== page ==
Russell S (2017) The involvement of the primary somatosensory cortex in tactile detection and tactile working memory. BSc Thesis, University of Nottingham, 27pp.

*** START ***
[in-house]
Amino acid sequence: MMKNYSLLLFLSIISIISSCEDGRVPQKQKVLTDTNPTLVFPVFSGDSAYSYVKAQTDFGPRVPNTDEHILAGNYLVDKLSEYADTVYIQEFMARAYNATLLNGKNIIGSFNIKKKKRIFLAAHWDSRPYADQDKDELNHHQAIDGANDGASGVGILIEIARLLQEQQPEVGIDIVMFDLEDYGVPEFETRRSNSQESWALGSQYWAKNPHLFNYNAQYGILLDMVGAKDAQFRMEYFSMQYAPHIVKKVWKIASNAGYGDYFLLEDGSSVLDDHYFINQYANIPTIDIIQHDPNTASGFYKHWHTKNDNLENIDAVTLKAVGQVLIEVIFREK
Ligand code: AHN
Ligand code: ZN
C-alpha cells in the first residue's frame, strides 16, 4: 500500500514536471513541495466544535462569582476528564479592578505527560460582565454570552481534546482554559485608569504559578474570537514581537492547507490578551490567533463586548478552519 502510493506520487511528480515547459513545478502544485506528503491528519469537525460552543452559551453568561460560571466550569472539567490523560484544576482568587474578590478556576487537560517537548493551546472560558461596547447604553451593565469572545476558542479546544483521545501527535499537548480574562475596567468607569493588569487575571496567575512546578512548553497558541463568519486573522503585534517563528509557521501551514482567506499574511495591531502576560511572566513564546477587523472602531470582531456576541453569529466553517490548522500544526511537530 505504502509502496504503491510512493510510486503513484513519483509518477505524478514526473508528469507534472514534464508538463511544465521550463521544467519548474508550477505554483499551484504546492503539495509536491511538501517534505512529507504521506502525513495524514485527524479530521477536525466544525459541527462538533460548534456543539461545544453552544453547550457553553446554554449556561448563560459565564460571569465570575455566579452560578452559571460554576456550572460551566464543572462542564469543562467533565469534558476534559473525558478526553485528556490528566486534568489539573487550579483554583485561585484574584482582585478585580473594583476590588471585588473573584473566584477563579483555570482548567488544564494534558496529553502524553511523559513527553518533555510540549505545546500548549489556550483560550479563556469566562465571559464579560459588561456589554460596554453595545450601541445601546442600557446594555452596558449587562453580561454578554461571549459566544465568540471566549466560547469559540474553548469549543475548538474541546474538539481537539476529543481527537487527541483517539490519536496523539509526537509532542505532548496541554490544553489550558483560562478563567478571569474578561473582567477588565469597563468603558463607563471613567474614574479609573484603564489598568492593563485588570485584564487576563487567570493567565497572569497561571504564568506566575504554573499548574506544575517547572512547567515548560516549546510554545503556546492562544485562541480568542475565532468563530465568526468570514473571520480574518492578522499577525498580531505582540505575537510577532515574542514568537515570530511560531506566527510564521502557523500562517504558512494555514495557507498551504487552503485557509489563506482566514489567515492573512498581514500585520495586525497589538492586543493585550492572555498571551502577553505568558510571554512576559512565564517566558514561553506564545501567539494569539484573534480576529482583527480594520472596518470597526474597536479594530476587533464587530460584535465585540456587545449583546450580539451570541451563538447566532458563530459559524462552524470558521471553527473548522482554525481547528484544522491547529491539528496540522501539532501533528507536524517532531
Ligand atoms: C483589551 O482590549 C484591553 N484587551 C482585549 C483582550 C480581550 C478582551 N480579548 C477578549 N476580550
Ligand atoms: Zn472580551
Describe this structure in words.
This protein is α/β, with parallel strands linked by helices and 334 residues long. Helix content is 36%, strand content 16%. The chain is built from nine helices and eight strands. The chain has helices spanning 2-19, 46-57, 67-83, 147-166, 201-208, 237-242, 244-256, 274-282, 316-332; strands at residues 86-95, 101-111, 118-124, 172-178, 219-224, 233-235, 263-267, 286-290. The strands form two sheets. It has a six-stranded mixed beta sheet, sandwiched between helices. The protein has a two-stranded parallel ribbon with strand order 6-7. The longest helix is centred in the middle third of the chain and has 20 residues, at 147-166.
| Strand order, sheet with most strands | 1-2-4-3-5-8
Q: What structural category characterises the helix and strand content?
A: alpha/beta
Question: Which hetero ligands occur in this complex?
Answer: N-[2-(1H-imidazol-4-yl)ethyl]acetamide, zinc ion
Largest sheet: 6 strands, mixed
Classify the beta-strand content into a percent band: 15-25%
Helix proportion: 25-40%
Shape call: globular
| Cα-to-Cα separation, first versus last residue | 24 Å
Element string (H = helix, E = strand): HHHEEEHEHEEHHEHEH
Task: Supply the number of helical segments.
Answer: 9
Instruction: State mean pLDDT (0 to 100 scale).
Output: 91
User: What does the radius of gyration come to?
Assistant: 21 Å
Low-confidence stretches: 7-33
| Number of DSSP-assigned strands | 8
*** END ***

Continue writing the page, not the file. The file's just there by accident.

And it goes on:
Whilst the role of the primary somatosensory cortex (S1) in tactile discrimination is well established, its role in tactile detection is less well understood. Recent research suggests S1 has a task-dependent role in tactile detection. This suggests it is not necessary for tasks with a low memory demand where the tactile stimulus must be held in working memory for only one second, but it is necessary for tasks with a higher memory demand where the tactile stimulus must be held for longer periods. The present study was designed to provide further insight into the role of S1 in tactile detection and identify a more specific point at which it becomes necessary for tactile working memory. TMS was applied to either S1 or the lateral occipital cortex (LOC) as a control whilst participants carried out a two-interval forced choice detection task. The delay between intervals was varied from 1 to 18s to manipulate the task demand and the time a memory trace of the first interval must be held in tactile working memory. There was no significant difference in performance with a 1s delay but performance was significantly worse with TMS over S1 compared to LOC with a 6s delay. This suggests S1 is required when a memory trace must be held in tactile working memory for 6s but not 1s, supporting its task-dependent role. No differences in performance were found with 12s or 18s delays. These results are explained in terms of participants using a different technique in completing these trials, which did not require the maintenance of a tactile memory trace.